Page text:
It works like this. First, you consider how much it would cost you to hire someone else to complete the work. You can arrive at this number with your industry knowledge or by getting quotes from freelancers who have the required skills.  

After that, you consider how much it would cost you (the project manager) to manage the project and handle client communications.

Adding those two numbers together gives you your cost for the project. If you do it for that price, then your business is breaking even. From there, you add profit. This needs to be a number that you’re comfortable with, but a 30% margin is generally considered good.

Let’s use an eLearning project as an example. Imagine that I will need to pay an instructional designer $10,000 to see the project through. I will need to spend about $5,000 worth of my own time to manage the project and speak to the client. To arrive at the final price for the client, I’d add 30% ($4,500) to $15,000, resulting in a final price tag of $19,500.

This method doesn’t require that you outsource the work. You can do it yourself or hire it out once you win the bid — the important thing is that, due to how you priced the project, you now have the option to hire it out. This is how you grow your business; it gives you more time to work on your business rather than in it.

Supply and Demand

Supply and demand plays a role in all of your pricing negotiations, but this pricing approach is tied to it directly. It’s actually quite simple — as you get more leads and your schedule fills up, you continue raising your prices.

This way, you let the market decide the price for your deliverables. Let’s use an over-simplified example to demonstrate this point:

You design eLearning courses for $10,000. After you land a couple of clients and start getting leads for more work than you’d be able to take on, you start quoting $15,000. If your schedule continues filling up, then you start quoting $20,000. And so on and so forth.

Of course, each project will be different and the scope will impact price. Using the supply and demand approach, you let the market decide how much you can charge. You use price as a way to narrow down your client list. This gives you time to produce higher-quality work for the clients you do have, as well as more time for professional development and growing your business.

Value-based Pricing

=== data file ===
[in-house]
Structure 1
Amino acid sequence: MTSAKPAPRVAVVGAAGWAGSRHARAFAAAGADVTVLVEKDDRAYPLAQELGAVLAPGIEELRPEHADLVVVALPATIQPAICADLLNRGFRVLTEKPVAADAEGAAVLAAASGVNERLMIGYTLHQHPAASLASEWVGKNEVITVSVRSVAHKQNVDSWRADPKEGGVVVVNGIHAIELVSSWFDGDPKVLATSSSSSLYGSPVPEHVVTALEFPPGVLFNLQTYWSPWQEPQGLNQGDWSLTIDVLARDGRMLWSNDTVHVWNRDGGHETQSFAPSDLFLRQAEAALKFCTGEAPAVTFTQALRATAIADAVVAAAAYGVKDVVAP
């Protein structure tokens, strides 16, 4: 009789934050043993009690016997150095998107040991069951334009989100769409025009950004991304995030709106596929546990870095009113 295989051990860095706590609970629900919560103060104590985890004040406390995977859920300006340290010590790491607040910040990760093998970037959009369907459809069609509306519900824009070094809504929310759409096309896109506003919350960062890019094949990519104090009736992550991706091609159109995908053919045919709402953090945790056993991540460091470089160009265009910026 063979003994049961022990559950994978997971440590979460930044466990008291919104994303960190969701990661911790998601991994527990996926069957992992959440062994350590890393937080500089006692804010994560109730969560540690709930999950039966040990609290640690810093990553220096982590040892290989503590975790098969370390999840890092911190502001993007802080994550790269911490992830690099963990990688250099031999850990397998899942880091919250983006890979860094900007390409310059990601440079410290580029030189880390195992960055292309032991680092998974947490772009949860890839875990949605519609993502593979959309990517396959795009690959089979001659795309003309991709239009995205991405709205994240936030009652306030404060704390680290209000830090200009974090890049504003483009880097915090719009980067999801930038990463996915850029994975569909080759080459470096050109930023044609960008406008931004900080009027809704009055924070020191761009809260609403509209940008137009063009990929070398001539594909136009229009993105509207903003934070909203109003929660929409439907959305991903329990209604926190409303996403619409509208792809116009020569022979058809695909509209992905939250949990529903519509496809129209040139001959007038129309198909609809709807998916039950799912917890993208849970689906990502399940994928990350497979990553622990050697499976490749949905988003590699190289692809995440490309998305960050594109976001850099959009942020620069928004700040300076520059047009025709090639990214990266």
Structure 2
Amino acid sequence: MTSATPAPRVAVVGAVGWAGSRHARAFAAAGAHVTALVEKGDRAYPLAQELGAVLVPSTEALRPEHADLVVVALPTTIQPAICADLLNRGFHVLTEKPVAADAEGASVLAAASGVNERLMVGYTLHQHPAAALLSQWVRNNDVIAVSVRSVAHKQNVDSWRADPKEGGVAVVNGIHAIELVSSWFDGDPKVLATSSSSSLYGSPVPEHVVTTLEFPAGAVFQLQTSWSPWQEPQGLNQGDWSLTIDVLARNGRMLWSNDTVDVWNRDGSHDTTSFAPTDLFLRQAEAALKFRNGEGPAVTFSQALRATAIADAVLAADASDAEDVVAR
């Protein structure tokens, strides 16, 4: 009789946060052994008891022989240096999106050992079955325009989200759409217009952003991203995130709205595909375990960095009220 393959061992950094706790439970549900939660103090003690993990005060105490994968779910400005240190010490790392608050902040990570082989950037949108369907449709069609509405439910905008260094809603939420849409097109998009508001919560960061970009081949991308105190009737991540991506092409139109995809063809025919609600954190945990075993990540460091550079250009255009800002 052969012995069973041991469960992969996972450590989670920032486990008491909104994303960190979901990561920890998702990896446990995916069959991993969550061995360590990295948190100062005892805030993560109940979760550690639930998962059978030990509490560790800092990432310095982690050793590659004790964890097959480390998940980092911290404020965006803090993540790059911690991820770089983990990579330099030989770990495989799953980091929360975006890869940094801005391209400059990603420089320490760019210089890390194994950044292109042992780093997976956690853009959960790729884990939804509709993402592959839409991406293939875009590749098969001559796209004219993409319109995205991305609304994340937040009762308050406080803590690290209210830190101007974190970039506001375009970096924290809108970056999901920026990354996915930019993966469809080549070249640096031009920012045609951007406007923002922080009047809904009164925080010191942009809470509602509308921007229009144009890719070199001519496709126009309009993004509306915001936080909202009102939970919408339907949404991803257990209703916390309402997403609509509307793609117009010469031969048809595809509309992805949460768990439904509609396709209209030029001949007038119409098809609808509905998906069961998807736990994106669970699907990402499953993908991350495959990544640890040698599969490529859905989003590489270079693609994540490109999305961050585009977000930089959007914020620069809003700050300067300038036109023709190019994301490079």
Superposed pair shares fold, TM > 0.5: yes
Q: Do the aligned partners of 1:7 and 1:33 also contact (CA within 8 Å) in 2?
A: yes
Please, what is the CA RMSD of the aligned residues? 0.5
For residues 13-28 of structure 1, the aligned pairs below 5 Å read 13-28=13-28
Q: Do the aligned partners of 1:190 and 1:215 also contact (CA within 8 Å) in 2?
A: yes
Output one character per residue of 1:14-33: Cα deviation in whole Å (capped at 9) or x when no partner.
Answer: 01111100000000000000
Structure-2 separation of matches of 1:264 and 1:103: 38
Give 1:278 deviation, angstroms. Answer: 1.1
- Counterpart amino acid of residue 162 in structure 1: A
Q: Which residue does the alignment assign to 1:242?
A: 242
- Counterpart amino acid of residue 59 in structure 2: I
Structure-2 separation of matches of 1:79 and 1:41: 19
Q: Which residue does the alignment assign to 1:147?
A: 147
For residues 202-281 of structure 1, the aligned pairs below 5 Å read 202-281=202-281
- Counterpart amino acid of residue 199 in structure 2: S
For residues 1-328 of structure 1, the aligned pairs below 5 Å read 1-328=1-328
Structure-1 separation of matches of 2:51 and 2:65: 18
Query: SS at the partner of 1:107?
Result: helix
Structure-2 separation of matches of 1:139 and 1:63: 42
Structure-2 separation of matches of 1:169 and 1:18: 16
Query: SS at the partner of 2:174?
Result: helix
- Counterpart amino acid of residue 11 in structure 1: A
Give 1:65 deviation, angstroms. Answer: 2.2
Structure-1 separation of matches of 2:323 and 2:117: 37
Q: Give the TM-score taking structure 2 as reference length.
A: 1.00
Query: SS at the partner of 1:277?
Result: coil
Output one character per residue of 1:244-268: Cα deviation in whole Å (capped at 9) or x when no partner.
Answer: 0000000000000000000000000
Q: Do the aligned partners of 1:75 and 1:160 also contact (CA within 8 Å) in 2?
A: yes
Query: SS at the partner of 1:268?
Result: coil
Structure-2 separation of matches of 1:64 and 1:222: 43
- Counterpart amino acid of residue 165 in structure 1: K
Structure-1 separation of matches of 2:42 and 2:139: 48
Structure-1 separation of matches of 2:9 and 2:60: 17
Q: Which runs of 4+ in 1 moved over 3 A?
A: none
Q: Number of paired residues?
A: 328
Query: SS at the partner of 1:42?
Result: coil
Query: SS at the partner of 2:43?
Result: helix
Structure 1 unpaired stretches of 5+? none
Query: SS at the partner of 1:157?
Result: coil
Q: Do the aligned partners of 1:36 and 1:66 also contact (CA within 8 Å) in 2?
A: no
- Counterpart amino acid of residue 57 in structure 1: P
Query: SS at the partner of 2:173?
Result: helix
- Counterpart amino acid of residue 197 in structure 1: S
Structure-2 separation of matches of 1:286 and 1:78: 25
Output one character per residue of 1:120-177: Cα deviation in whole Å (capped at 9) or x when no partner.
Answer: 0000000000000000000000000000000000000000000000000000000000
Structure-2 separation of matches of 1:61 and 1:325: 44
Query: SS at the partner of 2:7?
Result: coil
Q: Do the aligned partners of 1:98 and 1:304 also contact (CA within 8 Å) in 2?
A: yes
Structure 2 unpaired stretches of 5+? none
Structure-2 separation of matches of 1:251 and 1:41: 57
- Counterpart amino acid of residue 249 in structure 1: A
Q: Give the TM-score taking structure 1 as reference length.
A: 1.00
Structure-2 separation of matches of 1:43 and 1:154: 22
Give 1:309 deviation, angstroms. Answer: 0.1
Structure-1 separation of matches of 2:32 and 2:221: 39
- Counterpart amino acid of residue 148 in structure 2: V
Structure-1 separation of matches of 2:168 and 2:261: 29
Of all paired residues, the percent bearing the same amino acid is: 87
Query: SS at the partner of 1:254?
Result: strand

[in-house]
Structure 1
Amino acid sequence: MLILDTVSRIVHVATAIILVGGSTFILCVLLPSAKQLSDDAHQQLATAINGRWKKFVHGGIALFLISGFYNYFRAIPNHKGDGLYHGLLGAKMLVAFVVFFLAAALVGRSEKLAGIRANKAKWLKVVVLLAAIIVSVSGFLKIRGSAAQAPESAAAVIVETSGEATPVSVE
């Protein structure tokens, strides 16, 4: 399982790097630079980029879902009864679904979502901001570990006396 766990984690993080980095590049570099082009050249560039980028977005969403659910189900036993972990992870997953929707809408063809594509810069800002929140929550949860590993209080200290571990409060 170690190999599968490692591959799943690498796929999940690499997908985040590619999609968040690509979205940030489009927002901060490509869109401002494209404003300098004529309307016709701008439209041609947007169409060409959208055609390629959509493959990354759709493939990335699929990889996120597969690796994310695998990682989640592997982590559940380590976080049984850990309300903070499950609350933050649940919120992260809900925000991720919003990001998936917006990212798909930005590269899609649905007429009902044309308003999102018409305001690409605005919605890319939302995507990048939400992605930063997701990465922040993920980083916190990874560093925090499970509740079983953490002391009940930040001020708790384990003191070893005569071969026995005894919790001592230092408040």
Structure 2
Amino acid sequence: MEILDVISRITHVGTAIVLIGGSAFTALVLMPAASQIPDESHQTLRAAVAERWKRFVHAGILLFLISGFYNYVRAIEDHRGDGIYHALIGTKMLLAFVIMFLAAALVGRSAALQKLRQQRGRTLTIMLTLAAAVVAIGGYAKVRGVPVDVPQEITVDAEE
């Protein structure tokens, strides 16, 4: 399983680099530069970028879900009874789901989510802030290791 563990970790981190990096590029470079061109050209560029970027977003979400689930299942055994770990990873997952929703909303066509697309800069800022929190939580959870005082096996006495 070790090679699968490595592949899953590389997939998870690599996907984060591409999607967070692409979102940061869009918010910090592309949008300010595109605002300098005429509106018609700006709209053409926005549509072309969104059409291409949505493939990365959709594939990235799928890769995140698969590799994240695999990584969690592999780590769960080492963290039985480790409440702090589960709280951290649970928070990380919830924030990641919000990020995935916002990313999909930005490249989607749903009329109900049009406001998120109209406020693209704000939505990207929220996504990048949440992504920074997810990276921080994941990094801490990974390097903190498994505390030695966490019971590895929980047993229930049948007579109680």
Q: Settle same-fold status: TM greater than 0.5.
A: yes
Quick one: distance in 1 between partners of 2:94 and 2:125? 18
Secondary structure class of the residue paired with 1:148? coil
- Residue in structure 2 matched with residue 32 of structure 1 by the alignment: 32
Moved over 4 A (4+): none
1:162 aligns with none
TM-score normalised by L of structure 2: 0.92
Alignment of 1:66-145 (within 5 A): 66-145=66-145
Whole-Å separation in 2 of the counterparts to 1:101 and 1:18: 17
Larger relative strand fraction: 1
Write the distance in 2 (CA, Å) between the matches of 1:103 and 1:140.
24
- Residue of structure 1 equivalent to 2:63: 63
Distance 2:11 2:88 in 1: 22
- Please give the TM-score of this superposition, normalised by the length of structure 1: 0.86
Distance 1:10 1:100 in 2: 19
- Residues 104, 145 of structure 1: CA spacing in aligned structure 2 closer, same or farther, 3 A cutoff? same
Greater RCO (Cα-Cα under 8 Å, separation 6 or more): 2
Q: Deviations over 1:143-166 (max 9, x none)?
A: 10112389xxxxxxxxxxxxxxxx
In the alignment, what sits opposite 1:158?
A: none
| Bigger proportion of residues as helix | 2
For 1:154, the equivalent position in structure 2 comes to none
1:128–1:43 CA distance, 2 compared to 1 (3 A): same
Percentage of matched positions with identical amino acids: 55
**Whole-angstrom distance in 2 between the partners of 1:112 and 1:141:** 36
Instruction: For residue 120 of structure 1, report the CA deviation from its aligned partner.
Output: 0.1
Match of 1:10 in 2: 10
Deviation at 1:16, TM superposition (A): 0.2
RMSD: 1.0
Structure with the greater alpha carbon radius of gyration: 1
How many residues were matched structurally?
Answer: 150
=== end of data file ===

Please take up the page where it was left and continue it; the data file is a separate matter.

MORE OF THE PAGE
Finally, we arrive at value-based pricing. When you use this pricing approach, your fixed price depends entirely on the estimated value that you can produce for your client’s business.

For example, imagine that I’m producing an eLearning course to help salespeople sell a product more effectively. If the salespeople know the product’s ins-and-outs and can navigate conversations well with potential customers, then the business expects to sell many more units and profit an additional $400,000 per year.

When you use value-based pricing, you price your project as a small percentage (often around 10 percent) of the value that you expect to produce in this first year — in this case, the fixed price to complete the project would be around $40,000.

Naturally, this approach works best with projects that are results-oriented. This is because value pricing takes the focus away from the deliverable and towards the results. If the solution the client came to you for is not the solution that will best help them achieve their goal, then shifting the conversation to value can put you in a better position to provide the most effective solutions.

For this approach to be viable, you need  to ensure that 1) you’re talking to the right person, and 2) the project’s stakes are high enough that the value it produces warrants your fees.

The right person would be a stakeholder who is directly accountable for the metrics that you’re hoping to change, and it’s someone who is willing to spend the money to make the change happen.

If you’re speaking to a lower-level project manager who was tasked to produce the project, then you’re probably not going to get very far with the value-based pricing approach.

Due to the nuance and contacts required to use value-based pricing effectively, you will likely need a good deal of experience and credibility to execute it successfully.


As you can see, project pricing often leads to increased profits and more control over your business. As you get more efficient with your craft, you will likely want to pivot away from hourly pricing. Project pricing rewards efficiency. Time is no longer the commodity.

There are quite a few ways to arrive at that magic fixed-price number for your project-priced projects, but the best way to get better with pricing is by gaining more experience with it.

Finally, as you get better with pricing your work and improving your profit margins, you will have more time to spend on professional development and growing your business. This benefits you and your clients in the long run, which is why I think that fixed pricing is the best option for all parties involved.

If you have any questions or would like to discuss the concept further, then head over to the ID community and let’s get the conversation started!

Devlin Peck
Devlin Peck
Devlin Peck is the founder of DevlinPeck.com, where he helps people build instructional design skills and break into the industry. He previously worked as a freelance instructional designer and graduated from Florida State University.